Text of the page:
Constable Country: Inspired by Suffolk

25-SEP-2014

Constable, Clouds, V&A, Winsor & Newton, Hay Wain

Much of John Constable’s current reputation as a painter rightly rests on his development of the ‘plein-air’ oil sketch and his naturalistic style of painting. Also powerfully engaging for a contemporary audience is his autobiographical choice of subjects.In this piece, Winsor & Newton Resident Artist Mathew Gibson explores Constable’s complex personal motivations for painting such subjects.

Marking much of the boundary between the counties of Essex and Suffolk, the river Stour runs through the village of East Bergholt and the Dedham Vale. At the turn of the 19th century, painter John Constable’s father Golding was a wealthy businessman in this area, owning Flatford and Dedham water mills and numerous stores and warehouses. Golding’s barges would take flour from the mills along the Stour to Mistley Harbour, from where his sailing ship, The Telegraph, would transport it to London. Despite him being the fourth child, Golding’s firm intention was that John would go on to run this substantial business for the benefit of his six siblings. 

 
 Self-portrait by John Constable, c.1799-1804, National Portrait Gallery, London

Letters show that John had a shy, introverted personality and was much happier on his own, sketching out and about in nature. His growing desire to become a professional painter was in direct opposition to his father’s wishes and went on to cause enormous conflict in the family. Golding eventually relented, allowing John to move to London for his studies. In the decade following 1798, Constable was rarely in Suffolk and could be found sketching in places of established beauty such as the Lake District, or studying the Old Masters at the Royal Academy.

On a return visit to East Bergholt in 1809, Constable began a long courtship with Maria Bicknell. The two were socially well-matched, but he had chosen the granddaughter of wealthy local pastor Dr. Rhudde, his father Golding’s bitter life-long enemy and someone who vehemently opposed the union. Already shy and distant, John Constable’s choice of career and fiancée made him the stuff of local legend and gossip, further alienating him from village society. 


 
FIG. 1, Flatford Mill from a lock on the Stour*

Around the village, mills, fields and waterways formed a pre-industrial working environment populated with labourers and others going about their work. Tourists were unlikely and any visitors would be there on business. As the son of the land owner Constable had privileged access to these areas, allowing him to sit and paint his oil sketches undisturbed. At the time he began courting Maria, Constable made his first mature paintings of the landscapes around East Bergholt and the Stour (FIG. 1). His love of nature and the effects of light falling on it inspired him to create a ‘natural painture,’ but the views he chose to paint also had powerful personal associations for him: the mills and barges owned by his father, the fields and pathways where he courted his future wife.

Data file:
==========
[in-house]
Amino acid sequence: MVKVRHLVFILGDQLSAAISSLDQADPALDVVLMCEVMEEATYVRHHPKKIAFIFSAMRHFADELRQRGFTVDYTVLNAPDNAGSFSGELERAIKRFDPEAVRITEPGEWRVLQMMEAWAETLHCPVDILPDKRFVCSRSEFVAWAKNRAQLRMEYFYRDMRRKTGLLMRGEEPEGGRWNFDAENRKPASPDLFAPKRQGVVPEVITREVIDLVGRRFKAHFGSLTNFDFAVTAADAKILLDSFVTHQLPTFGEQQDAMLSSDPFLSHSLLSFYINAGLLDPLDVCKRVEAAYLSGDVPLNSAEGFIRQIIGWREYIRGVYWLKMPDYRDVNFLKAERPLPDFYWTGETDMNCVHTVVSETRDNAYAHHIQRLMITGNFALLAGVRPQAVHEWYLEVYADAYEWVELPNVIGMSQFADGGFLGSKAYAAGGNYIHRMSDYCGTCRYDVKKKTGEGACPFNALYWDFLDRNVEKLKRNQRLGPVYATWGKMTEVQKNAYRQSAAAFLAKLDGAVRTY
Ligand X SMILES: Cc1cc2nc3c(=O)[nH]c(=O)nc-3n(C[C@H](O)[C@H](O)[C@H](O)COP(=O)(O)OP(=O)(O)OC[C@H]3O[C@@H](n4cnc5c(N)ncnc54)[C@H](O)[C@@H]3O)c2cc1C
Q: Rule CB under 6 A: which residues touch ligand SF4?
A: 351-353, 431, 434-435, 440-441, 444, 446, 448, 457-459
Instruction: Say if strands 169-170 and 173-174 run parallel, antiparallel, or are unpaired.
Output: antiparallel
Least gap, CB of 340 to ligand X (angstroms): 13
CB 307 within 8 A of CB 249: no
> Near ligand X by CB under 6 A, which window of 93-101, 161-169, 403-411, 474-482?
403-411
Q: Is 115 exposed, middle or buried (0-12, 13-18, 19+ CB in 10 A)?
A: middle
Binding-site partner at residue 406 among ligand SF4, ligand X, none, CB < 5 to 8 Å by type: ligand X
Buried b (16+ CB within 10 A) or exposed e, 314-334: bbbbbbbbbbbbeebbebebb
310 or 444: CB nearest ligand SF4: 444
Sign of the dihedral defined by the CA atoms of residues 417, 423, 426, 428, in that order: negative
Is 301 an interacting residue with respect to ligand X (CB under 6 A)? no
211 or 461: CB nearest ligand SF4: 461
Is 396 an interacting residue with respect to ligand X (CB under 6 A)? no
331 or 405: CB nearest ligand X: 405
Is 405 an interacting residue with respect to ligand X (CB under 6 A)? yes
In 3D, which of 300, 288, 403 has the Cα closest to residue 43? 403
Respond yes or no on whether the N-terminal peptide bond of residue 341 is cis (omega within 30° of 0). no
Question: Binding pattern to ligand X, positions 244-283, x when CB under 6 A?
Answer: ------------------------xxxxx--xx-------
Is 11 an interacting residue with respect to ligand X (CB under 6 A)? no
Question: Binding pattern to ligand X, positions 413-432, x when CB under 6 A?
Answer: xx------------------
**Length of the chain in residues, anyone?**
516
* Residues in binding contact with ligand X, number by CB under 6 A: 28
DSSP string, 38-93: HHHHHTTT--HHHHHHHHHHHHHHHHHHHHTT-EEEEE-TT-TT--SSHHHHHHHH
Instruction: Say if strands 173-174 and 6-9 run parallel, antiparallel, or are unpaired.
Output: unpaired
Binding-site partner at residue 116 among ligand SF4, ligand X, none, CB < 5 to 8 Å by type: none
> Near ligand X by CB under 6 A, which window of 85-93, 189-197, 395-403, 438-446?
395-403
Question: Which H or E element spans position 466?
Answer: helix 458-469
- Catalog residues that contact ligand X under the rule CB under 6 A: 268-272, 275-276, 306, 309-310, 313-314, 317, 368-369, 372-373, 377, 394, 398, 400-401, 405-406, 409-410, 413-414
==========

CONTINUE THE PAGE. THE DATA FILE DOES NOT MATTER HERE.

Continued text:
Salisbury Cathedral from the Bishop Ground, 1823(c) Victoria and Albert Museum, London

Part of the reason Constable is such an engaging artist for contemporary audiences is because his conflicting personal motivations are explicit in his paintings. Socially rebellious and contrary, Constable rejected the running of his family’s business. He nevertheless felt compelled to return and paint, over and over, the locations most strongly associated with his storied past.

Winsor & Newton is a proud sponsor of Constable: The Making of a Master, currently running at London’s Victoria and Albert Museum through 11 January 2015. To learn more about other current art exhibitions, visit the Events section of our website. You can also learn more about Constable by visiting the Victoria and Albert Museum online.

 

*Figure 1. Flatford Mill from a lock on the Stour
John Constable (RA)
Great Britain
About 1811
Oil on canvas
Museum no. 135-1888

Given by Isabel Constable, daughter of the artist

Reference:

Landscape and Ideology, Ann Bermingham, Thames and Hudson, 1987



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